The truth will mess you up.

– Radiohead, Ful Stop

This isn’t about excusing the recent rash of disqualified Christian leaders or making light of the transgressions which led to their demise in ministry. This isn’t about saying there shouldn’t be consequences for our sins or pitting compassion against justice. This also isn’t about hedging my bets or hiding some heinous sin for me personally. This is simply stating a truth – a truth every person who has the privilege of leading God’s people as a pastor needs to remember. It’s one that can keep you from self-righteous grandstanding when news that a celebrity (or non-celebrity) pastor bites the dust. It’s one which can remind your heart that God’s grace has been, is, and will be the only hope you have. It’s a truth that can keep you on your knees a moment longer in grateful prayer.

What’s the truth?

If God so desired to expose the secrets of your heart,
you too would be disqualified from ministry.

Ministry veterans won’t argue it. They know themselves too well. If you find yourself pushing back, well then, you don’t. Among the fine and beautiful things in your heart, there are also lusts, hatreds, envies, and other gross sins that would likely ruin people’s perception of you, your ministry, and your qualifications for leadership.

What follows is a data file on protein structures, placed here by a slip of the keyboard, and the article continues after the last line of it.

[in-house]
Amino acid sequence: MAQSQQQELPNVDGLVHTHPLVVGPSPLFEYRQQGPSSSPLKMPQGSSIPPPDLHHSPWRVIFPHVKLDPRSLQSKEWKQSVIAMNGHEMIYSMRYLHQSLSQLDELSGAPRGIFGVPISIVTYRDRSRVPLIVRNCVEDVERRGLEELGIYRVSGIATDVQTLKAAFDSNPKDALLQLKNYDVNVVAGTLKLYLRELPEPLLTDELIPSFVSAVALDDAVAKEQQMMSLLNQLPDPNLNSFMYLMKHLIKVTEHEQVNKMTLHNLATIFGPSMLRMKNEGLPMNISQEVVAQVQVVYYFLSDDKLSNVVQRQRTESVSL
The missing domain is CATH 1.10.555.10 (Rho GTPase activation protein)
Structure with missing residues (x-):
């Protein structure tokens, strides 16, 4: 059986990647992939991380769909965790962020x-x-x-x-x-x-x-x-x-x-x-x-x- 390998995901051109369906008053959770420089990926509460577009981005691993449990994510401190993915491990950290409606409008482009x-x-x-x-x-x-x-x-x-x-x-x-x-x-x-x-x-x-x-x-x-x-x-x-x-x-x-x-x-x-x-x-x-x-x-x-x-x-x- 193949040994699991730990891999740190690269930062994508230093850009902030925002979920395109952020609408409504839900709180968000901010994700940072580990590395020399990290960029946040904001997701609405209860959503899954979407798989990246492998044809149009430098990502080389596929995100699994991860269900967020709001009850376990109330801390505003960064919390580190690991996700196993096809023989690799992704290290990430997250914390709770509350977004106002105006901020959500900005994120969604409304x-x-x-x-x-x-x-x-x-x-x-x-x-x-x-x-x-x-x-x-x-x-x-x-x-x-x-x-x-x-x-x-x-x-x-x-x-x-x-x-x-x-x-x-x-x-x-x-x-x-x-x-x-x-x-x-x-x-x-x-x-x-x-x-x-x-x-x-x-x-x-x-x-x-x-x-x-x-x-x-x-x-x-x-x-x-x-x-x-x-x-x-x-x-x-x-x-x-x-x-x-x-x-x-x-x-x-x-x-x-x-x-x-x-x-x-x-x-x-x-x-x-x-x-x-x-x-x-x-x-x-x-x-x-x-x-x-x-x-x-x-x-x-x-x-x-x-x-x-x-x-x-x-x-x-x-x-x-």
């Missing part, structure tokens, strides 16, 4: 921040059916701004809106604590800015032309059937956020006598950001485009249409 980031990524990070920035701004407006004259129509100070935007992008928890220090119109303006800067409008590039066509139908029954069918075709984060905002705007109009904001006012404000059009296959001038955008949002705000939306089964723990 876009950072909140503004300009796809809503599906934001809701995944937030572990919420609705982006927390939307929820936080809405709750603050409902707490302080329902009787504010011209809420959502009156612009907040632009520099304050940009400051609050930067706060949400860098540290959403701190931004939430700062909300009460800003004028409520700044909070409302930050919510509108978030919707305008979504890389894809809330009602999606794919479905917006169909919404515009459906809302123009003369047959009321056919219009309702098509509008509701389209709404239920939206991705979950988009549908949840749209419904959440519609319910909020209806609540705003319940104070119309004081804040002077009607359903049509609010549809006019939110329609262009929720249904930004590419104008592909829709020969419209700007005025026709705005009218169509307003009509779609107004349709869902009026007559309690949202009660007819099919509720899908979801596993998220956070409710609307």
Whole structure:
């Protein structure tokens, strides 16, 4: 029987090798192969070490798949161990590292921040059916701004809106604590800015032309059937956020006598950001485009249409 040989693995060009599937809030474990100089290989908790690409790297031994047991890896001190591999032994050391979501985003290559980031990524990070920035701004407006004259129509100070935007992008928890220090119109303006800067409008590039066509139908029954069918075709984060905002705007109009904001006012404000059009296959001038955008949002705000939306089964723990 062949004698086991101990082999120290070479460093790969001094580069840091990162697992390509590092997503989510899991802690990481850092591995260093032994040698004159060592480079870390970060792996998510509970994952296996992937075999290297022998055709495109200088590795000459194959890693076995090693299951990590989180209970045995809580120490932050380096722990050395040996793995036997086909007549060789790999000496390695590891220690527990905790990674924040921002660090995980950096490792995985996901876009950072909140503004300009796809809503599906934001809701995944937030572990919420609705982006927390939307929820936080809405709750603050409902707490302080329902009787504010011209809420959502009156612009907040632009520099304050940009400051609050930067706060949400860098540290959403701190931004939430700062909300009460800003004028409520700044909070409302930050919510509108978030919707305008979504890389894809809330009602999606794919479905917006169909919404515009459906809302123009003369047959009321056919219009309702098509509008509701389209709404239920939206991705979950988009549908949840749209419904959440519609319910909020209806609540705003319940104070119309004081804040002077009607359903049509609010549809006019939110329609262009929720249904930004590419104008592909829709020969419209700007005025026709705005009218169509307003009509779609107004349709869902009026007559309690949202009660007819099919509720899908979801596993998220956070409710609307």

Know this my friend: had God in his justice wanted to expose you, you would be done. So would I. Fini. Kaput. Finished. Just another name added to the list of other fallen pastors. Really.

Let me give you some advice. Search your own heart. Think about the dark places of thought, word, and deed in which you’ve privately commerced. It’s not that you’re proud of them or haven’t sought to repent well of them, but they’re there. Just like they are in every man or woman who’s trying to follow Jesus. And God knows every ruinous one of them. As King David says in Psalm 139:2, the Sovereign Lord of the Universe has “discerned [our] thoughts from afar.”

But don’t despair. All of us need of the sanctifying work of the Spirit. Every one. Even more, our hope shouldn’t be anchored to our righteousness (or lack thereof), but anchored to the One who has been righteous for us. Indeed, I pray the goodness of that reality spurs me on to love Jesus more and my sin less, and that I grow in personal holiness while fleeing from the sins which so easily entangle me. But until Jesus returns, I will still struggle with sin. And so will you.

So the next time you hear of a pastor losing his ministry because his sin was exposed to the public, please understand that if the Lord so chose to make public what’s been private in your heart, you’d be next. And so would I.

Pastor, be thankful for the grace you’ve been given today. May it lead you to greater obedience, a deeper humility, and a ready compassion.

Recast : to melt something down and reshape it into another form;
to present something in a different way.